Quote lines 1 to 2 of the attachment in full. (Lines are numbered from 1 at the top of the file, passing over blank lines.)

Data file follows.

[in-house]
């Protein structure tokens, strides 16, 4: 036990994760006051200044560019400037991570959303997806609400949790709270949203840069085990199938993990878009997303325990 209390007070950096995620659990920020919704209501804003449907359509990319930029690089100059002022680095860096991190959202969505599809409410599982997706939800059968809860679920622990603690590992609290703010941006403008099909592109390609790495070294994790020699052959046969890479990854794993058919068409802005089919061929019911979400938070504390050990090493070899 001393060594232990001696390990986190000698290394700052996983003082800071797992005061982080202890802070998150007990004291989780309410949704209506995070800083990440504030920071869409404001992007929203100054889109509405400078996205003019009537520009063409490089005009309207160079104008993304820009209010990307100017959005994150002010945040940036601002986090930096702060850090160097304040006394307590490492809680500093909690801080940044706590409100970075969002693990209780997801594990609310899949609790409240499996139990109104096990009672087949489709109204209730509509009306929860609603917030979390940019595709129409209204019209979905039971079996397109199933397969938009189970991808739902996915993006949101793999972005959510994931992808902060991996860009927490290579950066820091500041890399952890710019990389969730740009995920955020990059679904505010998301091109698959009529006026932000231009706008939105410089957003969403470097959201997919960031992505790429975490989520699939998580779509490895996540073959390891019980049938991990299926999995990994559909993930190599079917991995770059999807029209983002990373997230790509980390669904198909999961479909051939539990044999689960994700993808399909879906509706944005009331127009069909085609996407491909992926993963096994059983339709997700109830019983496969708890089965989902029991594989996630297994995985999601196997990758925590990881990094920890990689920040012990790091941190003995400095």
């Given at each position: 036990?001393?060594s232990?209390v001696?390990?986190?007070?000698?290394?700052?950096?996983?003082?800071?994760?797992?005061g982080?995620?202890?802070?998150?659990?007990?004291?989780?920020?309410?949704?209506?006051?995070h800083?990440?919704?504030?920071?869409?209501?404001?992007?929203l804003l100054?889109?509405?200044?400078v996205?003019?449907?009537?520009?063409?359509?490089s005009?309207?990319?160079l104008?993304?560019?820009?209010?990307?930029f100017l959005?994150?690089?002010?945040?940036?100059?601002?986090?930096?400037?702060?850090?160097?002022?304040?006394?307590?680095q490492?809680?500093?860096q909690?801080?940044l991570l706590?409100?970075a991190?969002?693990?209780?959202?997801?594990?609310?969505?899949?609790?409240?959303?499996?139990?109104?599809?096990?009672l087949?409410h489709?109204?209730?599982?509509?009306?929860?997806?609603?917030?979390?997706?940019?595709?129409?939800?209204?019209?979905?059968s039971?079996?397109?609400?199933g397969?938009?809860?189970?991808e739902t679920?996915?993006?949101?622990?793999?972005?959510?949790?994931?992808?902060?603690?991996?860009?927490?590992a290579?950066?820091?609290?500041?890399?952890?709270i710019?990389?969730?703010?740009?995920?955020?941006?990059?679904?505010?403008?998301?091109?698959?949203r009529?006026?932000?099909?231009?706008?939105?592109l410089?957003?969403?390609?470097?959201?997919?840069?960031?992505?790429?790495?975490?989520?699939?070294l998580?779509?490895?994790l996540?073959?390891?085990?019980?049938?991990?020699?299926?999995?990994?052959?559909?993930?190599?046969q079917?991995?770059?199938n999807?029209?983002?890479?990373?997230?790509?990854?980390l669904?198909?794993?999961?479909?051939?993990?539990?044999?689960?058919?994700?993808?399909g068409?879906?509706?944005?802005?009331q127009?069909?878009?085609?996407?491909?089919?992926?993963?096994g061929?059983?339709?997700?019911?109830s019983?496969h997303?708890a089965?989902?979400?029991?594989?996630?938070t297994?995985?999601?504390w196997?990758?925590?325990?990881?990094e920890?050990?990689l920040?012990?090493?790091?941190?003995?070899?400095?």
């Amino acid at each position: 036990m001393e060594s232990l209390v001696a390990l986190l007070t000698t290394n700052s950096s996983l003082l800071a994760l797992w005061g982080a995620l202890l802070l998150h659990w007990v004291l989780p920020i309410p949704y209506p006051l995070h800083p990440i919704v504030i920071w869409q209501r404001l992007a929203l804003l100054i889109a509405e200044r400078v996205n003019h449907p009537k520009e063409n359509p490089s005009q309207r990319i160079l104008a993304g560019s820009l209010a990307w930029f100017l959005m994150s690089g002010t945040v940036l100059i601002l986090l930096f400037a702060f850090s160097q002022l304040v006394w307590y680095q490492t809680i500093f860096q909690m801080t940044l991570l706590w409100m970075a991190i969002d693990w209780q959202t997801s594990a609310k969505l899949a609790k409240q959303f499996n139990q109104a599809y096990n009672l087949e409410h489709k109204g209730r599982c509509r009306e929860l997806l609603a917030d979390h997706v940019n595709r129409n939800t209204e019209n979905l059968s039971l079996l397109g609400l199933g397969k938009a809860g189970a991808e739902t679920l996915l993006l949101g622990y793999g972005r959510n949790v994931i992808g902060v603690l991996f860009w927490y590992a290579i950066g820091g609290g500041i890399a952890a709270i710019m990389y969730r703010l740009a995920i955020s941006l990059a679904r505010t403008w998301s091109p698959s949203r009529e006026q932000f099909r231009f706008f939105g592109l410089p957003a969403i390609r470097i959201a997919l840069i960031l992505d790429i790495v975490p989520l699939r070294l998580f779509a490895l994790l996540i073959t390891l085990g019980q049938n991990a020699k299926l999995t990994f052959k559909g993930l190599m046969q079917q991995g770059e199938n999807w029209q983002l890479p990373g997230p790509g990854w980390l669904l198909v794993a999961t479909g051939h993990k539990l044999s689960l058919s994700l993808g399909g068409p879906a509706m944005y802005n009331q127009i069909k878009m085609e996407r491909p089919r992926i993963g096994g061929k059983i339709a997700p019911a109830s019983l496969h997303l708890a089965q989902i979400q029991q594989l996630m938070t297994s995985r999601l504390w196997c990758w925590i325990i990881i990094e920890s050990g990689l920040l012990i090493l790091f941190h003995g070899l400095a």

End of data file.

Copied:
[in-house]
């Protein structure tokens, strides 16, 4: 036990994760006051200044560019400037991570959303997806609400949790709270949203840069085990199938993990878009997303325990 209390007070950096995620659990920020919704209501804003449907359509990319930029690089100059002022680095860096991190959202969505599809409410599982997706939800059968809860679920622990603690590992609290703010941006403008099909592109390609790495070294994790020699052959046969890479990854794993058919068409802005089919061929019911979400938070504390050990090493070899 001393060594232990001696390990986190000698290394700052996983003082800071797992005061982080202890802070998150007990004291989780309410949704209506995070800083990440504030920071869409404001992007929203100054889109509405400078996205003019009537520009063409490089005009309207160079104008993304820009209010990307100017959005994150002010945040940036601002986090930096702060850090160097304040006394307590490492809680500093909690801080940044706590409100970075969002693990209780997801594990609310899949609790409240499996139990109104096990009672087949489709109204209730509509009306929860609603917030979390940019595709129409209204019209979905039971079996397109199933397969938009189970991808739902996915993006949101793999972005959510994931992808902060991996860009927490290579950066820091500041890399952890710019990389969730740009995920955020990059679904505010998301091109698959009529006026932000231009706008939105410089957003969403470097959201997919960031992505790429975490989520699939998580779509490895996540073959390891019980049938991990299926999995990994559909993930190599079917991995770059999807029209983002990373997230790509980390669904198909999961479909051939539990044999689960994700993808399909879906509706944005009331127009069909085609996407491909992926993963096994059983339709997700109830019983496969708890089965989902029991594989996630297994995985999601196997990758925590990881990094920890990689920040012990790091941190003995400095």